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PAJ President Responds to Attorney Peter Champagnie
I note the letter published in your paper from noted attorney Peter Champagnie commenting on the behavior of South West St. Catherine MP Everald Warmington towards the press and noting that “the best that came from the Press Association of Jamaica was a call for Mr Warmington to apologise and promise not to behave like that in the future. “ He asked “Why isn’t the Press Association of Jamaica calling for a media blackout regarding any coverage that this man will seek in his political life in the future, or his immediate resignation?”
I have the greatest respect for Mr. Champagnie and appreciate his attention to, and interest in this matter, but feel compelled to make the following points.
The PAJ, through its Executive, issued a statement strongly condemning Mr. Warmington’s behavior. To go further, and call, for example, for the resignation of a duly elected Member of Parliament is a serious step, and in my view, if it is to be taken, is more properly to be done by the general membership of the Association. The PAJ holds its Annual General Meeting next Sunday, August 23, 2015 at 12 noon, where the issue of any further response on the issue of Mr. Warmington will be discussed by the general membership in its collective wisdom.
Mr. Champagnie, and others have also raised the issue of a media black-out.
While this will, no doubt, also be discussed by the membership, I want to point out the dangers of any such approach. One of the mandates of the PAJ is to advocate for freedom of the press. Freedom of the press is not an expressly stated constitutional right in Jamaica, and we rely on the right to freedom of expression. One of the reasons freedom of expression can be such a controversial one to defend is precisely that it covers the obnoxious as well as the admirable. To advocate for the restriction of media coverage of any individual, much less a Member of Parliament, in my view, would run contrary to the spirit of the mandate of the PAJ.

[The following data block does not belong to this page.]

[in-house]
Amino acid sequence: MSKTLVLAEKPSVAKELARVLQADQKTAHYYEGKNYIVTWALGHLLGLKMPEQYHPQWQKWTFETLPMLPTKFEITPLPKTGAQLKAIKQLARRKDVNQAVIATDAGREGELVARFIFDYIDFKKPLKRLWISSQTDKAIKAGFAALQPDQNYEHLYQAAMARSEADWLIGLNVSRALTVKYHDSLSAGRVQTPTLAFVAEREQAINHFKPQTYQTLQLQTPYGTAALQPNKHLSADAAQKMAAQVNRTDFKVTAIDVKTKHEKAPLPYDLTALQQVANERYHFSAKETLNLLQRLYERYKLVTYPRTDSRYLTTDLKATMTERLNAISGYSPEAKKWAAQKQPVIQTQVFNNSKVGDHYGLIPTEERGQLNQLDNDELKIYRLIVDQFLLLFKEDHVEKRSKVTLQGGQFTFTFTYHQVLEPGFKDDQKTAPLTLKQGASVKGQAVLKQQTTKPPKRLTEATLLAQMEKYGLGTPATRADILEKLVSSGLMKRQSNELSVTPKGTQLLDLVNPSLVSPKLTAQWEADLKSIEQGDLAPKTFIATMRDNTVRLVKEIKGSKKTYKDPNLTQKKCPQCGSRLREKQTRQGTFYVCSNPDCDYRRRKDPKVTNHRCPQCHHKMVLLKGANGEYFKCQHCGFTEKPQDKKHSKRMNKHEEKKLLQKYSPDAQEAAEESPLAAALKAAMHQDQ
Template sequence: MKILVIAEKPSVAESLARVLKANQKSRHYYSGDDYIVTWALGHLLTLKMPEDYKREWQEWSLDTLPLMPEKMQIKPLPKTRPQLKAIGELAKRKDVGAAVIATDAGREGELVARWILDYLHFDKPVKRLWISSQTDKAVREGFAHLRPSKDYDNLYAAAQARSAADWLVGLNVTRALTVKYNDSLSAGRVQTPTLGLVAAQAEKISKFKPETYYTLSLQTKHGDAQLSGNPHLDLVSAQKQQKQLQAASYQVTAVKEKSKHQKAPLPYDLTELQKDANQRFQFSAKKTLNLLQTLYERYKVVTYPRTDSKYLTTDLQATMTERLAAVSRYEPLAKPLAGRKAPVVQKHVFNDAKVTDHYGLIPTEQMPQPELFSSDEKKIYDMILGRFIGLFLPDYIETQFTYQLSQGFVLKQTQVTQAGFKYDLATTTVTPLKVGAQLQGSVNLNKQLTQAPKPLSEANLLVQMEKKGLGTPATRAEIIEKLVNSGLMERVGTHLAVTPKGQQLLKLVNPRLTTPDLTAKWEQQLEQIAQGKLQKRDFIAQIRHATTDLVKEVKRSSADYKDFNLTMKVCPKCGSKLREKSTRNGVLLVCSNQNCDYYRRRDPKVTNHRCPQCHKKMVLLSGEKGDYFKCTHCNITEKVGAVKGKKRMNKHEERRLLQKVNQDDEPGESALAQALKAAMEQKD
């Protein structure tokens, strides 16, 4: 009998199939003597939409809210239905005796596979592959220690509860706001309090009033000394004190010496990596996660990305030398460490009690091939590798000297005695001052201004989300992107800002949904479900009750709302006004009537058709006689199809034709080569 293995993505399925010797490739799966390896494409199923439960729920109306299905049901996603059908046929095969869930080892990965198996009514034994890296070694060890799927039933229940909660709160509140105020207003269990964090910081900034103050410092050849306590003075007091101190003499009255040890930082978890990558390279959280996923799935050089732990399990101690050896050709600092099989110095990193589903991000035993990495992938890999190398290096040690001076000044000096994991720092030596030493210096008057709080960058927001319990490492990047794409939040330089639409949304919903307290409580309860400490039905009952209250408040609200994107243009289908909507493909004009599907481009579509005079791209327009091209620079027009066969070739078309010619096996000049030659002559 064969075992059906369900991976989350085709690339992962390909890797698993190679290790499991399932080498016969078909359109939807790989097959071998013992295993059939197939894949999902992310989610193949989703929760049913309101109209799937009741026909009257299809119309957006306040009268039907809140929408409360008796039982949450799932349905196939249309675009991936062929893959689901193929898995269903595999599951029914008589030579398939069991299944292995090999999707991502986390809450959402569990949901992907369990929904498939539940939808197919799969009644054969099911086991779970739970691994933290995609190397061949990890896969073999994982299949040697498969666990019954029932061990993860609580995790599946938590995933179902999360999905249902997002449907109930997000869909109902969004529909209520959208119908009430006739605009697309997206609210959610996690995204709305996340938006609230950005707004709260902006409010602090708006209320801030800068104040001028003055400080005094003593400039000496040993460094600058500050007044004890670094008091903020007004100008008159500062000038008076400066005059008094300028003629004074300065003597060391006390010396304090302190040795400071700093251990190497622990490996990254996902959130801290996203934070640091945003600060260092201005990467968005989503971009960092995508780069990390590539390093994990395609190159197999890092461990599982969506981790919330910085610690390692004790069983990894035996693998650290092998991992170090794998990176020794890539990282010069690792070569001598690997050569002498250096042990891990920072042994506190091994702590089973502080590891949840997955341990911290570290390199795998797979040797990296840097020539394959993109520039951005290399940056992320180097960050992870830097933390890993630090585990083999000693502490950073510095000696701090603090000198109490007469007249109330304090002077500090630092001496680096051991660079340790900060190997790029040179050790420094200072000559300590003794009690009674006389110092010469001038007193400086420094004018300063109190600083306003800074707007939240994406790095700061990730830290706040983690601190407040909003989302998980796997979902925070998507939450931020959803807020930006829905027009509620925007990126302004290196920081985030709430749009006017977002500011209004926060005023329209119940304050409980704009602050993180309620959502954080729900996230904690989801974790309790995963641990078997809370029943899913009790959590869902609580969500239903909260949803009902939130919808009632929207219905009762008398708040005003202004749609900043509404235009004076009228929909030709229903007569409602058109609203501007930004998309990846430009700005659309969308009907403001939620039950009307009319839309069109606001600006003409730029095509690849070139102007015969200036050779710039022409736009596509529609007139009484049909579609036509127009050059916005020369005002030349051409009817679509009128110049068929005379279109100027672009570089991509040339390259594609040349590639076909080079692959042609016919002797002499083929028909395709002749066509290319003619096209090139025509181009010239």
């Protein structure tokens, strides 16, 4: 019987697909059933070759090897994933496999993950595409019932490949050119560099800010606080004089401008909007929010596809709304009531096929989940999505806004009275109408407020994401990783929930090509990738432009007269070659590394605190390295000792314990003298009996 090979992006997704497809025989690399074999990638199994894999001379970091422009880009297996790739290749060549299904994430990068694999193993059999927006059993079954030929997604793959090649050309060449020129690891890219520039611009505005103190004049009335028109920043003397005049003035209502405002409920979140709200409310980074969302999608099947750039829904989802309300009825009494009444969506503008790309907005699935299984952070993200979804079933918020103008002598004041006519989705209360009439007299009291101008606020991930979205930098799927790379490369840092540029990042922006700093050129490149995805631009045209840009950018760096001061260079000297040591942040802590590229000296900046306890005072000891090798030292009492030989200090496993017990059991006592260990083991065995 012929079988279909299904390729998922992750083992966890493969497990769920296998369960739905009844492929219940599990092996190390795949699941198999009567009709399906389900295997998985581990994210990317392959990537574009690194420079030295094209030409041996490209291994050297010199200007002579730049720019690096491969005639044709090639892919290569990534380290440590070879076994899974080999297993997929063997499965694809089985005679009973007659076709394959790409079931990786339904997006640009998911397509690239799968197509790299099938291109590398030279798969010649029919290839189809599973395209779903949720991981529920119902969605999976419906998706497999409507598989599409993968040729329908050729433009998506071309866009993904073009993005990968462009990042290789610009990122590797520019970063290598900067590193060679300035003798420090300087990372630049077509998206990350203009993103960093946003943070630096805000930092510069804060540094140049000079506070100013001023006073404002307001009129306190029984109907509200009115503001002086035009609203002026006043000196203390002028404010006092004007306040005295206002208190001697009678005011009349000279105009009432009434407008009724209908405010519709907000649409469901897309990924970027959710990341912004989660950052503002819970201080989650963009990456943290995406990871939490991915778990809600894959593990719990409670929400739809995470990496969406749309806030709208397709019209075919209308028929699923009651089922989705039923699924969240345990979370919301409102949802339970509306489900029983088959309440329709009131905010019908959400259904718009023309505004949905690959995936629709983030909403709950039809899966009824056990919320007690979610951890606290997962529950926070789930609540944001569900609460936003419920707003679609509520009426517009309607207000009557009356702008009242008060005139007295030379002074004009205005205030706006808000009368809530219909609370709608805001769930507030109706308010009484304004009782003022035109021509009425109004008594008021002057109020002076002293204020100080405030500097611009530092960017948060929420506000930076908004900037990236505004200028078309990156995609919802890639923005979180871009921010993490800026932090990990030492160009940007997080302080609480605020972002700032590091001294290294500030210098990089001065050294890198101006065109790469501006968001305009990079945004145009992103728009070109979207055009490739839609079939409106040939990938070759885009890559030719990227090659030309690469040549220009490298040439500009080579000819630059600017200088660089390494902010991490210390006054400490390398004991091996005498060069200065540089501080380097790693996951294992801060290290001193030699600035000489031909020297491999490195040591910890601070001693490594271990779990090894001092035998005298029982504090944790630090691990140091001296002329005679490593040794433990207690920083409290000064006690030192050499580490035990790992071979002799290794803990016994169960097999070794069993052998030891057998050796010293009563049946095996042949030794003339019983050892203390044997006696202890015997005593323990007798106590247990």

In addition, one must be very cautious before beginning to decide who the press will and will not cover because we disapprove of their behavior. Where would we draw the line? In addition, Mr. Warmingon remains a member of the country’s Parliament, where he represents the citizens who live in South West St. Catherine. To make a blanket decision, across the media, to decide to refuse to cover his interventions in Parliament or elsewhere could arguably be described as an abuse of the awesome power of the press, and a grave disservice to the people of Jamaica and those of SW St. Catherine.
In my view, this would be a dangerous road that the PAJ should not tread.
Dionne Jackson Miller
President, Press Association of Jamaica
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The Press Association of Jamaica is announcing that the deadlines for entries to the 2015 National Journalism Awards are being brought forward by one month.
The publication period for work eligible for entry for the 2015 Awards, will be October 1, 2014 – August 31, 2015, one month earlier than usual. Entries may then be submitted from September 1-September 30, 2015.
“Traditionally, the publication period ends at the end of September, and entries come in at the end of October. This leaves approximately one month for the packaging of the entries and delivery to the judges, judging, and preparation of trophies. This really puts a lot of pressure on both the Secretariat and the judges, which we want to lessen,” says PAJ President Dionne Jackson Miller.
Work that is published in September 2015 will instead be eligible for the 2016 Awards.
In addition, this year, a late entry fee of $500.00 will apply.
“We always have a last-minute scramble, and often end up extending the deadline by a day or two to try to accommodate as many people as possible. While we want to continue to encourage entries, we are also asking people to realise that late entries create additional inconveniences, and we want to urge them to submit on time,” she explained.